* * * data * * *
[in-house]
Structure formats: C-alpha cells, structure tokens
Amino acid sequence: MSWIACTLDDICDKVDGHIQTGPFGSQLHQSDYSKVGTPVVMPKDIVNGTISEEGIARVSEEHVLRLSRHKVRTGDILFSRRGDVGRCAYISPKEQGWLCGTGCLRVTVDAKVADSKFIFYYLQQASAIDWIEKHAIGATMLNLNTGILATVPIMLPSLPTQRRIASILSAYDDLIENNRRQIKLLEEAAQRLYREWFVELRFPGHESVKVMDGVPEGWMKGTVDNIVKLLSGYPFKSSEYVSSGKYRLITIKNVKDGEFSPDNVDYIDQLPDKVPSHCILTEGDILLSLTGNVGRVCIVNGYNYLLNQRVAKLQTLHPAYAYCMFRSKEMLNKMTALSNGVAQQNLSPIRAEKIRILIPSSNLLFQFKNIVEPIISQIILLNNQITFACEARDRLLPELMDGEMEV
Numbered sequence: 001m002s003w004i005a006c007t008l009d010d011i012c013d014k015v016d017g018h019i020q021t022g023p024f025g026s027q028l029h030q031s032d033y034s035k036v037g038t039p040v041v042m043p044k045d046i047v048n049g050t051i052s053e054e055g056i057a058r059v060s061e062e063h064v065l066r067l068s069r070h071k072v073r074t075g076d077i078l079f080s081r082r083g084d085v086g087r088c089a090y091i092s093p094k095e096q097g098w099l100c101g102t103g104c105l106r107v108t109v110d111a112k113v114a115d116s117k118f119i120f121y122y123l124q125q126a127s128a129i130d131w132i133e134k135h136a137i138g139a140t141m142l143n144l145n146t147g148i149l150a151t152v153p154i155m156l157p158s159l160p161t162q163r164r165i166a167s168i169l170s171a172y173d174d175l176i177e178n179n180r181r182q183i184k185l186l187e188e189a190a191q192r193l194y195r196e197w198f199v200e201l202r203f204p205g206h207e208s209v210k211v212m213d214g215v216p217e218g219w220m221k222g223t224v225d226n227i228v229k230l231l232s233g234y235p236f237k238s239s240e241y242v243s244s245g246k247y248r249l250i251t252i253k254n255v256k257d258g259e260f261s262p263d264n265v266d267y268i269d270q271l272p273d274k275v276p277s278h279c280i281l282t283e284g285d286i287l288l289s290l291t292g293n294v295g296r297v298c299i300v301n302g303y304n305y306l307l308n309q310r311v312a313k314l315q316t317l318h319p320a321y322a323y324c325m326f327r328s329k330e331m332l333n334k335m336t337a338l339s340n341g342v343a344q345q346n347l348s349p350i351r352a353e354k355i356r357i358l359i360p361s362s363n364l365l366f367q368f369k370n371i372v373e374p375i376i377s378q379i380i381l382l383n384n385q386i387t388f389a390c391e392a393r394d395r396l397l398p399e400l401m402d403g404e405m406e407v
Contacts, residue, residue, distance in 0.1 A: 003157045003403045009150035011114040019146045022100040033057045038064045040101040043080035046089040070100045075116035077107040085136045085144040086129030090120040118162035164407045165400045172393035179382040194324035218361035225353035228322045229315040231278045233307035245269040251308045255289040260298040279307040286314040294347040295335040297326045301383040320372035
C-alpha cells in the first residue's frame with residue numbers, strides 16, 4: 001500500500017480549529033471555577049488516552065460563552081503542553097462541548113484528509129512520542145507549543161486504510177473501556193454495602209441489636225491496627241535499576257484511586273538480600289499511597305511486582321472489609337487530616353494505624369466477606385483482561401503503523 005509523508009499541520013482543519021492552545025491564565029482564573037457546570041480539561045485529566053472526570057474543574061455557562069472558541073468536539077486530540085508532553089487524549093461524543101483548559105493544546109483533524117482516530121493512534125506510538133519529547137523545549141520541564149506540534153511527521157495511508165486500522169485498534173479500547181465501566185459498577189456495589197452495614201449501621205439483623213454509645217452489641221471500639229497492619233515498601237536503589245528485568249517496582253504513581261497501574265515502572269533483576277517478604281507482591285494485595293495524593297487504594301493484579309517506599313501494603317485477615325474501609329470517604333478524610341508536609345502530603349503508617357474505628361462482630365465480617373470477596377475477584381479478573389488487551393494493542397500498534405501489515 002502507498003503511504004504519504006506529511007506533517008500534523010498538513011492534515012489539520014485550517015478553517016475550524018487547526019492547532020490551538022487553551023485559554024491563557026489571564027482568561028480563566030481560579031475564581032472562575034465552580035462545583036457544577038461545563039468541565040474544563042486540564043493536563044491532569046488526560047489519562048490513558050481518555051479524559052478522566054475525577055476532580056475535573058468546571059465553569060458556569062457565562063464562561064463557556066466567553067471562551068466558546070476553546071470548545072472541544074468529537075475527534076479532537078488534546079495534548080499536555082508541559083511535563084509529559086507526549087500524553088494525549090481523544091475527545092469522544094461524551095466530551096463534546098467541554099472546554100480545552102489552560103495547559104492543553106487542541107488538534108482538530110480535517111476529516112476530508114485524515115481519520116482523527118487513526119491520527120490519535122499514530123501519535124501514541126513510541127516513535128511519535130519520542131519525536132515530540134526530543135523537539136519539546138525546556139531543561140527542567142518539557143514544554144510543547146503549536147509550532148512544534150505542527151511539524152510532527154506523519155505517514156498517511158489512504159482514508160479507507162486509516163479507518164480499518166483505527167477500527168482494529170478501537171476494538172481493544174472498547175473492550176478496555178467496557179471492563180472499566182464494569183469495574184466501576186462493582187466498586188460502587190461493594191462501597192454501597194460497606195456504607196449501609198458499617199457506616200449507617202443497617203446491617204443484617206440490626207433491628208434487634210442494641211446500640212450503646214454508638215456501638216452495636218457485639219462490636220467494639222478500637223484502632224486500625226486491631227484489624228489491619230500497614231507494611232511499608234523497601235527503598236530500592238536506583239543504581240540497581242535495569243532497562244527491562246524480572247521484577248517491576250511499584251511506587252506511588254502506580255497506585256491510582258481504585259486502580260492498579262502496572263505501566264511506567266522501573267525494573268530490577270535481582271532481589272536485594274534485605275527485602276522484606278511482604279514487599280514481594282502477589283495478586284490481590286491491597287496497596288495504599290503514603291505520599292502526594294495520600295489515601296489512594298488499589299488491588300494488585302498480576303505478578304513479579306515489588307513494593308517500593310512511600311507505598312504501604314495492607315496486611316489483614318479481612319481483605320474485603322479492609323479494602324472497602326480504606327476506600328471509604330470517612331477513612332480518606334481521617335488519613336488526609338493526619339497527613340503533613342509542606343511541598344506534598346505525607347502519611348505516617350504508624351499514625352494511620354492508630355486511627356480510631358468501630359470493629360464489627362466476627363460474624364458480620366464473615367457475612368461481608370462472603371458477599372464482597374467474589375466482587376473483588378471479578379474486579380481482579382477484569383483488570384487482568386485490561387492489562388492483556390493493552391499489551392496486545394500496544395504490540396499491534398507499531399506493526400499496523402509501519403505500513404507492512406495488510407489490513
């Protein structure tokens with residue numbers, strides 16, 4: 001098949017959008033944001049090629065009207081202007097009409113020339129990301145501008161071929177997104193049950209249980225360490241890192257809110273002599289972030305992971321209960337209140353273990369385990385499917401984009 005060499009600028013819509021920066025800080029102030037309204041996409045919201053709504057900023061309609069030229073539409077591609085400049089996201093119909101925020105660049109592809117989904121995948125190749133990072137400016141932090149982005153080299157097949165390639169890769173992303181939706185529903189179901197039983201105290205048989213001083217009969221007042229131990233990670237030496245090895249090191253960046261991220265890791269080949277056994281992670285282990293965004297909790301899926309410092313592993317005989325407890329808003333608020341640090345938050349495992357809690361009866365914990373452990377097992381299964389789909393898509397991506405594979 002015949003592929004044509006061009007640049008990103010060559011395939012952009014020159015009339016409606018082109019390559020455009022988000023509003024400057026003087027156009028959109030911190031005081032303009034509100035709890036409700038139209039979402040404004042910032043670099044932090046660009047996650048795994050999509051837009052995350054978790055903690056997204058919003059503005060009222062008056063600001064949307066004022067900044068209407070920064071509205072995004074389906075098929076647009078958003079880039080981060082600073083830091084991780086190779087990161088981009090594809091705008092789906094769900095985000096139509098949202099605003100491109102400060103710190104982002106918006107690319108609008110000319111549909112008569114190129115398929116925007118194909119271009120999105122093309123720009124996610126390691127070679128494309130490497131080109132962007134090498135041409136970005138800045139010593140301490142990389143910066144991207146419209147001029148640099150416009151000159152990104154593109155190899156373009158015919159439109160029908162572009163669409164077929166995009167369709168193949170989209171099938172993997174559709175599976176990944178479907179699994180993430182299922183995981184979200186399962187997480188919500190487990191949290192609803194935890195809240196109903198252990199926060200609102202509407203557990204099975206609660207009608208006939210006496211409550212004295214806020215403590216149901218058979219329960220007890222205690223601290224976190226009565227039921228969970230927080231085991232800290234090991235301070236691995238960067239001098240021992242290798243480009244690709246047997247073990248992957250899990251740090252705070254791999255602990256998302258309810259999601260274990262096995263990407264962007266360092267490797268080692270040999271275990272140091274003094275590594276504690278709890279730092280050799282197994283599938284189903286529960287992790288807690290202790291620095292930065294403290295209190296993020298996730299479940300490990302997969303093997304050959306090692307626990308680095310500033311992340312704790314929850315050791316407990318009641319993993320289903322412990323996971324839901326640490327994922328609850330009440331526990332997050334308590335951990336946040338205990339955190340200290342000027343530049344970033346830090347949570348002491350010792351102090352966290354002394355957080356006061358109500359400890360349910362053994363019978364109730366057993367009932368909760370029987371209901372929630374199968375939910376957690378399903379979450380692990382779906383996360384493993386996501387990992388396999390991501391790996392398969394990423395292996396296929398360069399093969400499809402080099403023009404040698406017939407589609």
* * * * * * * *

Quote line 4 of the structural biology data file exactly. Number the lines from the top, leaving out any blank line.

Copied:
Numbered sequence: 001m002s003w004i005a006c007t008l009d010d011i012c013d014k015v016d017g018h019i020q021t022g023p024f025g026s027q028l029h030q031s032d033y034s035k036v037g038t039p040v041v042m043p044k045d046i047v048n049g050t051i052s053e054e055g056i057a058r059v060s061e062e063h064v065l066r067l068s069r070h071k072v073r074t075g076d077i078l079f080s081r082r083g084d085v086g087r088c089a090y091i092s093p094k095e096q097g098w099l100c101g102t103g104c105l106r107v108t109v110d111a112k113v114a115d116s117k118f119i120f121y122y123l124q125q126a127s128a129i130d131w132i133e134k135h136a137i138g139a140t141m142l143n144l145n146t147g148i149l150a151t152v153p154i155m156l157p158s159l160p161t162q163r164r165i166a167s168i169l170s171a172y173d174d175l176i177e178n179n180r181r182q183i184k185l186l187e188e189a190a191q192r193l194y195r196e197w198f199v200e201l202r203f204p205g206h207e208s209v210k211v212m213d214g215v216p217e218g219w220m221k222g223t224v225d226n227i228v229k230l231l232s233g234y235p236f237k238s239s240e241y242v243s244s245g246k247y248r249l250i251t252i253k254n255v256k257d258g259e260f261s262p263d264n265v266d267y268i269d270q271l272p273d274k275v276p277s278h279c280i281l282t283e284g285d286i287l288l289s290l291t292g293n294v295g296r297v298c299i300v301n302g303y304n305y306l307l308n309q310r311v312a313k314l315q316t317l318h319p320a321y322a323y324c325m326f327r328s329k330e331m332l333n334k335m336t337a338l339s340n341g342v343a344q345q346n347l348s349p350i351r352a353e354k355i356r357i358l359i360p361s362s363n364l365l366f367q368f369k370n371i372v373e374p375i376i377s378q379i380i381l382l383n384n385q386i387t388f389a390c391e392a393r394d395r396l397l398p399e400l401m402d403g404e405m406e407v